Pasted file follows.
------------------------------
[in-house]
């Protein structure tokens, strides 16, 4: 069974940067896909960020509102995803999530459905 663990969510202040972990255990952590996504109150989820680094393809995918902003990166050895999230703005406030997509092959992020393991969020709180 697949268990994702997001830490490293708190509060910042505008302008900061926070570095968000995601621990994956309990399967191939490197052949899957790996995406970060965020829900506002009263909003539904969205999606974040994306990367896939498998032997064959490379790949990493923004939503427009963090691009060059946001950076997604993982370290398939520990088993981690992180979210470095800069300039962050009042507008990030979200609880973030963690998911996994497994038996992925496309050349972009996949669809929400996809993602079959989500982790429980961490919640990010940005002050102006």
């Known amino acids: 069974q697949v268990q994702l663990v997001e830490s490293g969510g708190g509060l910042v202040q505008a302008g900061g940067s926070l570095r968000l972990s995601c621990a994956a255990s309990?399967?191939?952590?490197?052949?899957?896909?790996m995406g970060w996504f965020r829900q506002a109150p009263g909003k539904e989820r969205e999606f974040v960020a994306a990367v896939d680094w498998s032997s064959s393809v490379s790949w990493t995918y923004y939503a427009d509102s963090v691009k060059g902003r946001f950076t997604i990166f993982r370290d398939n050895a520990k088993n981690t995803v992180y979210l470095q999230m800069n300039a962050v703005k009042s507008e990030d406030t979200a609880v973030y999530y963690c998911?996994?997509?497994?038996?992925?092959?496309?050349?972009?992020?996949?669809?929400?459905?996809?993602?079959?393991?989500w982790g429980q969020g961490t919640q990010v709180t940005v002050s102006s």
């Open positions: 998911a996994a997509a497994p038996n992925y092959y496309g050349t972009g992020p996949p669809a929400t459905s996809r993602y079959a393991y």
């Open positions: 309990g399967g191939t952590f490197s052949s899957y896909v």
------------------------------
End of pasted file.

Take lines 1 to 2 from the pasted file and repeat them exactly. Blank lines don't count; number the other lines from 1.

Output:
[in-house]
């Protein structure tokens, strides 16, 4: 069974940067896909960020509102995803999530459905 663990969510202040972990255990952590996504109150989820680094393809995918902003990166050895999230703005406030997509092959992020393991969020709180 697949268990994702997001830490490293708190509060910042505008302008900061926070570095968000995601621990994956309990399967191939490197052949899957790996995406970060965020829900506002009263909003539904969205999606974040994306990367896939498998032997064959490379790949990493923004939503427009963090691009060059946001950076997604993982370290398939520990088993981690992180979210470095800069300039962050009042507008990030979200609880973030963690998911996994497994038996992925496309050349972009996949669809929400996809993602079959989500982790429980961490919640990010940005002050102006």